• Key Issues… (2)2. Agricultural productivity - Generally low, but there are differences among countries3. Poverty & food insecurity – Still high but some positive signs being recorded in some countries – For example; annual average poverty levels fell from 65.9% (1990-95) in Ethiopia to 37.4% in 2003-2009 but increased from 18% to 22.5% in Cote d’Ivoire for the same period4. Environmental degradation & climate change – Huge threat but, little weight in policy5. Markets access and trade; – Poor access – Relatively low trade volume/value between countries – Trade barriers; tariffs & NTBs still persist – Poor infrastructure 4
    • The Current Context of Agricultural Policy Making• Agriculture has regained policy prominence; leading to continental policy initiatives like CAADP.• Evidence-based and inclusive policymaking processes are at the center of the CAADP initiative as well as national level.• Increasing economic integration hence more policy making processes at the RECs level; trade policies, macro-economic policies, agricultural policy etc• But, despite the renewed attention; there is little understanding of contemporary agricultural policy-making processes and of the political economy motivations that underlie them.• One reason for this lack of understanding is that a plethora of new actors now operate within the policy arena. 5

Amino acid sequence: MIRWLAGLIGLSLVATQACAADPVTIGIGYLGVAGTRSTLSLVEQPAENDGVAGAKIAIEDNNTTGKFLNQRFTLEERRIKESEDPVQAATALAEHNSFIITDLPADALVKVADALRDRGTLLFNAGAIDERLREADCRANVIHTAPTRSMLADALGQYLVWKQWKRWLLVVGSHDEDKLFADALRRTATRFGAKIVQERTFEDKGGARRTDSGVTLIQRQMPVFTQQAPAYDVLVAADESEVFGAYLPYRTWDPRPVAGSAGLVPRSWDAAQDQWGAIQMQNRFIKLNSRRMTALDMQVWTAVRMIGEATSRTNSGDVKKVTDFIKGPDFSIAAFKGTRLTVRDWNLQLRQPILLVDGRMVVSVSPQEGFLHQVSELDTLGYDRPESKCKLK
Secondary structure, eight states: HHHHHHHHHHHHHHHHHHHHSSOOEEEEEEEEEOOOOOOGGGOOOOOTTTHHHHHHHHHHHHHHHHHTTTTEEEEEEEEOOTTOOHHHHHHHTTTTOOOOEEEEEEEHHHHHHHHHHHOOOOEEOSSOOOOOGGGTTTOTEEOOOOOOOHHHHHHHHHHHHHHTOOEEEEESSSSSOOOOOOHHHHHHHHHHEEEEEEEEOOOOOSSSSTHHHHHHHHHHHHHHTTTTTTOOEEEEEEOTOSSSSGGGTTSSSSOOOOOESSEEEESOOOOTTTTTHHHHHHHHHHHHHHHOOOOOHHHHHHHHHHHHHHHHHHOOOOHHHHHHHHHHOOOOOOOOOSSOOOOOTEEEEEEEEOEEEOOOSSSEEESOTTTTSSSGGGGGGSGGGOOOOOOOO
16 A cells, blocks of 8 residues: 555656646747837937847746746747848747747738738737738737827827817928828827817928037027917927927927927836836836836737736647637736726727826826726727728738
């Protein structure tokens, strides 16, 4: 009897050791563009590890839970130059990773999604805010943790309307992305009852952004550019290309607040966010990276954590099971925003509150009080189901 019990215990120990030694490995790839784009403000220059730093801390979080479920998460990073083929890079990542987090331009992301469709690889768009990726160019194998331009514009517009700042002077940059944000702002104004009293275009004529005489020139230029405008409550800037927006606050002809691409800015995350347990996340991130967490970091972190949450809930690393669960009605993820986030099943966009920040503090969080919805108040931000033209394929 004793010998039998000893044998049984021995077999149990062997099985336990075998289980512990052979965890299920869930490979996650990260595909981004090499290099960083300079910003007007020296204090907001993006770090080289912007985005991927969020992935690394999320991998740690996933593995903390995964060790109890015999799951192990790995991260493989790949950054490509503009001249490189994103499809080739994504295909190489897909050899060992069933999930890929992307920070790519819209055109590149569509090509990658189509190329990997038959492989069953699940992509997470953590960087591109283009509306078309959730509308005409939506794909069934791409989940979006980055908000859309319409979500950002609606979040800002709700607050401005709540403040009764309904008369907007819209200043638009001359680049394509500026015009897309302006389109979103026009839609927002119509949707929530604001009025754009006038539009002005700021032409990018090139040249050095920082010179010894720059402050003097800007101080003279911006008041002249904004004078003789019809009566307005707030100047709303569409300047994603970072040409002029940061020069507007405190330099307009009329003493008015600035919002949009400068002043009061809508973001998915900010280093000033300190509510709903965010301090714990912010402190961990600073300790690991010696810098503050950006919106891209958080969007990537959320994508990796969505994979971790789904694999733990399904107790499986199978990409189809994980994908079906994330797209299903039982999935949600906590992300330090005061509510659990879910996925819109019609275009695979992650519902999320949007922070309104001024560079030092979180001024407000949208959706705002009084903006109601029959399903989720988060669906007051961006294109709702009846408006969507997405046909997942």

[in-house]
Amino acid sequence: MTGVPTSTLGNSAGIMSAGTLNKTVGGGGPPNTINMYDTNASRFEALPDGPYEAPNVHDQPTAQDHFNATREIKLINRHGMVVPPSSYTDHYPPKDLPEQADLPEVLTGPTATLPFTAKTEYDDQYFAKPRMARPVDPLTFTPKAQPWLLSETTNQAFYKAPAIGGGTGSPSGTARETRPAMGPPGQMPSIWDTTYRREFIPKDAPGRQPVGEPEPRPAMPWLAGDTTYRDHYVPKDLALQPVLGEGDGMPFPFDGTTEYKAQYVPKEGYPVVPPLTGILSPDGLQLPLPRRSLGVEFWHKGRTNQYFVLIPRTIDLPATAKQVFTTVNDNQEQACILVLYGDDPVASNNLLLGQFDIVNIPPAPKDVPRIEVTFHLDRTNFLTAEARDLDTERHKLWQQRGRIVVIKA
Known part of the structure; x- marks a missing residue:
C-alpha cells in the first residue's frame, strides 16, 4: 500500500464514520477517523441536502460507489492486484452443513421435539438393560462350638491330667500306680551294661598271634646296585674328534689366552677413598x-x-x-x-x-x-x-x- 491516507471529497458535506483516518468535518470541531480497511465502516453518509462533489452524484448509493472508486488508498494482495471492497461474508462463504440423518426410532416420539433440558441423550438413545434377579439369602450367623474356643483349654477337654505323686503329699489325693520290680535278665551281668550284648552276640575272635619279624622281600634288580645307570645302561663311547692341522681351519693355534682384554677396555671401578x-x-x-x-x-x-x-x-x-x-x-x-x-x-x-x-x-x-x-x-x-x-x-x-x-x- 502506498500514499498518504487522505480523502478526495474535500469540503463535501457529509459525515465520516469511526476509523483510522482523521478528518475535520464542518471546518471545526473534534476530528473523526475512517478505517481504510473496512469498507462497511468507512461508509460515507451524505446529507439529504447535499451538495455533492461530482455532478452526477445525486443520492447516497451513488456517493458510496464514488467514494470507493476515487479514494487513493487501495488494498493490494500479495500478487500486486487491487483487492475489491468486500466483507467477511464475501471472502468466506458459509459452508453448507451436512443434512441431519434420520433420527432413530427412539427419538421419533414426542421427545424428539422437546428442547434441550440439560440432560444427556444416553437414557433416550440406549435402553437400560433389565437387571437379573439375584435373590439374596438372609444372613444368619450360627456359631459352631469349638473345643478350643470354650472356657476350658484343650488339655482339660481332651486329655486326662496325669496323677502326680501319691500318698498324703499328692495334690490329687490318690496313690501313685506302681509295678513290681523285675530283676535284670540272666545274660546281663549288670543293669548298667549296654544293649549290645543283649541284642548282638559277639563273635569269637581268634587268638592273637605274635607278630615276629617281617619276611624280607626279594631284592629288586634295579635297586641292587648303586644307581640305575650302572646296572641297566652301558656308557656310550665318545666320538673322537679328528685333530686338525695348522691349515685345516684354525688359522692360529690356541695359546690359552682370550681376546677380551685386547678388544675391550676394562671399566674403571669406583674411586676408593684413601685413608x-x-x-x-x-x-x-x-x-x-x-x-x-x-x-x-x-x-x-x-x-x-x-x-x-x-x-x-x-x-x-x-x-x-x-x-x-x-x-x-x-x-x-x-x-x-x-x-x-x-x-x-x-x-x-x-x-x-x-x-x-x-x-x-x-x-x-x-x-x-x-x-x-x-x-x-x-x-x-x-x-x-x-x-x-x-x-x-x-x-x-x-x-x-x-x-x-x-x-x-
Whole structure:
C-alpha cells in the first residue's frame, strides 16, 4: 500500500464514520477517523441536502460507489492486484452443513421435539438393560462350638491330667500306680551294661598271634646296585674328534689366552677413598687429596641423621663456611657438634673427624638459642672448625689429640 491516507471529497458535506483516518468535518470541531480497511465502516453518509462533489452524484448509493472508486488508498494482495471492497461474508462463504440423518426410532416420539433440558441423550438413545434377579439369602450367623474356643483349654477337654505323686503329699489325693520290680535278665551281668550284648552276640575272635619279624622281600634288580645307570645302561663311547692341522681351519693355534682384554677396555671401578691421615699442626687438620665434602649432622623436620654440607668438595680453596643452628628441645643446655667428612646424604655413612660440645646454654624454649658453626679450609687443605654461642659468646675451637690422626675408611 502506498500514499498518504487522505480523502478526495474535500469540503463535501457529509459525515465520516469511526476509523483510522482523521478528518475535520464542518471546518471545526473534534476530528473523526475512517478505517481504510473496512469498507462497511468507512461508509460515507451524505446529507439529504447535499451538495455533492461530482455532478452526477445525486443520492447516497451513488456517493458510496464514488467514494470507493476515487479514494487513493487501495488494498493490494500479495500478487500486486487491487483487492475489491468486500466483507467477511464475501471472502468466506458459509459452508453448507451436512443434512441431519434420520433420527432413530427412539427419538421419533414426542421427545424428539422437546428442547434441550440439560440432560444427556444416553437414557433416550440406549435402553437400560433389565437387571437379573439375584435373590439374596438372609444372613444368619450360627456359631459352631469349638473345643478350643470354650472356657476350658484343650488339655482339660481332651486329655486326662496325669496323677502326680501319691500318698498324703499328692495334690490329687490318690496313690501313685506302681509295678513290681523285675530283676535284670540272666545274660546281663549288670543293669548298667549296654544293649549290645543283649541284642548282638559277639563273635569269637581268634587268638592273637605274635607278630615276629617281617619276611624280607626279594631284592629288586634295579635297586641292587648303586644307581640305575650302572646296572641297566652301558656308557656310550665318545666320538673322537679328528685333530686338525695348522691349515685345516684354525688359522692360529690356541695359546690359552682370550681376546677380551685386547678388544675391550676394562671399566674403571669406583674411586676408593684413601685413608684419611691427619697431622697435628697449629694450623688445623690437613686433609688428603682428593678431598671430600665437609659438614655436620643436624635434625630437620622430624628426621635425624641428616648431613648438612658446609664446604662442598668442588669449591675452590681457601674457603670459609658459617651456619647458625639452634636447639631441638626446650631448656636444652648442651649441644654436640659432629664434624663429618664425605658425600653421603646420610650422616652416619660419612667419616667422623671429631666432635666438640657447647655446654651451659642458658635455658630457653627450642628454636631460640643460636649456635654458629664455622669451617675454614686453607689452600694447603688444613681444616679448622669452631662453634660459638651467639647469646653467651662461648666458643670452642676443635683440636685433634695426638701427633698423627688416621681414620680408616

• Need for public policies (1)• Key economic rationale for policy intervention is market failure.• Markets are said to have failed when they do not exist at all or when they are unable to allocate resources efficiently.• Causes of market failure:- – Existence of monopolies or oligopolies (One or a few buyers); – Imperfect/asymmetric information (lack of full information or some players have more information than others) – Existence of externalities; – Inability of the private sector to provide public or collective goods and – Barriers to entry or exit